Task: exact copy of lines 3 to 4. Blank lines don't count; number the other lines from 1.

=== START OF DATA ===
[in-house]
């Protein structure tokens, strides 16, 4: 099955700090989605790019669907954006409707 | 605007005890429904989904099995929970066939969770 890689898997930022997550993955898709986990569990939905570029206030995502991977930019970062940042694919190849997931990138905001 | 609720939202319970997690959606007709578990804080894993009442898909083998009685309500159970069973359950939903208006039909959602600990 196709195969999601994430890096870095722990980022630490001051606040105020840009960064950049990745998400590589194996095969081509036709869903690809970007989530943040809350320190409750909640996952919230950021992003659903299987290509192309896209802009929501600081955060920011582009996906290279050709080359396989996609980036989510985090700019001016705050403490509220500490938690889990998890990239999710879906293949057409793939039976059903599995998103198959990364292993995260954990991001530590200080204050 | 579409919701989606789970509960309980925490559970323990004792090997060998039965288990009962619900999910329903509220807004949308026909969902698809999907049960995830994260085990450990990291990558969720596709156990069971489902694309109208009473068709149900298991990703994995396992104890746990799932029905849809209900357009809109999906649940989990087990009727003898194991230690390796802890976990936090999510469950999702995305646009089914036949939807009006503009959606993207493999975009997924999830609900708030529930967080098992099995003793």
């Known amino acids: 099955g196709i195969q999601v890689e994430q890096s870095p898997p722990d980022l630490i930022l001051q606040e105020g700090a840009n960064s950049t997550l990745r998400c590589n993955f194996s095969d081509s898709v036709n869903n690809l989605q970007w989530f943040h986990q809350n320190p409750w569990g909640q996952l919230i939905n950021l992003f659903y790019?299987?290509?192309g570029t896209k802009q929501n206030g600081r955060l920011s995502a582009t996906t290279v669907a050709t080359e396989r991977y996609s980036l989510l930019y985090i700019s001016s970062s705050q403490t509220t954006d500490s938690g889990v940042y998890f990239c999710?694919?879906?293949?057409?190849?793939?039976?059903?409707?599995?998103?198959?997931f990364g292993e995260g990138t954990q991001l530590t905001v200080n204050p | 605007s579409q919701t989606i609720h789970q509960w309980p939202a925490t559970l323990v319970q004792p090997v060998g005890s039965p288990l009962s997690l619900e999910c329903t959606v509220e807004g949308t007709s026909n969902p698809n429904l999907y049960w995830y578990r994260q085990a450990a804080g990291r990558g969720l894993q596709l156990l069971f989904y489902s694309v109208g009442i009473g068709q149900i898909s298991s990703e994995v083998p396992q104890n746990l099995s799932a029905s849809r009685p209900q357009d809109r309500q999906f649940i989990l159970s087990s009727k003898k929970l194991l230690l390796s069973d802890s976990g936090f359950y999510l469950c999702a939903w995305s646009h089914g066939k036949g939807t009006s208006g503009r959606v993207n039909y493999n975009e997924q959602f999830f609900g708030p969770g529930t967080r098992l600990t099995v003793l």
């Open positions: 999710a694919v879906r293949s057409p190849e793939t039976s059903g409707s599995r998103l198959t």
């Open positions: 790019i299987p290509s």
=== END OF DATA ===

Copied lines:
């Known amino acids: 099955g196709i195969q999601v890689e994430q890096s870095p898997p722990d980022l630490i930022l001051q606040e105020g700090a840009n960064s950049t997550l990745r998400c590589n993955f194996s095969d081509s898709v036709n869903n690809l989605q970007w989530f943040h986990q809350n320190p409750w569990g909640q996952l919230i939905n950021l992003f659903y790019?299987?290509?192309g570029t896209k802009q929501n206030g600081r955060l920011s995502a582009t996906t290279v669907a050709t080359e396989r991977y996609s980036l989510l930019y985090i700019s001016s970062s705050q403490t509220t954006d500490s938690g889990v940042y998890f990239c999710?694919?879906?293949?057409?190849?793939?039976?059903?409707?599995?998103?198959?997931f990364g292993e995260g990138t954990q991001l530590t905001v200080n204050p | 605007s579409q919701t989606i609720h789970q509960w309980p939202a925490t559970l323990v319970q004792p090997v060998g005890s039965p288990l009962s997690l619900e999910c329903t959606v509220e807004g949308t007709s026909n969902p698809n429904l999907y049960w995830y578990r994260q085990a450990a804080g990291r990558g969720l894993q596709l156990l069971f989904y489902s694309v109208g009442i009473g068709q149900i898909s298991s990703e994995v083998p396992q104890n746990l099995s799932a029905s849809r009685p209900q357009d809109r309500q999906f649940i989990l159970s087990s009727k003898k929970l194991l230690l390796s069973d802890s976990g936090f359950y999510l469950c999702a939903w995305s646009h089914g066939k036949g939807t009006s208006g503009r959606v993207n039909y493999n975009e997924q959602f999830f609900g708030p969770g529930t967080r098992l600990t099995v003793l």
């Open positions: 999710a694919v879906r293949s057409p190849e793939t039976s059903g409707s599995r998103l198959t």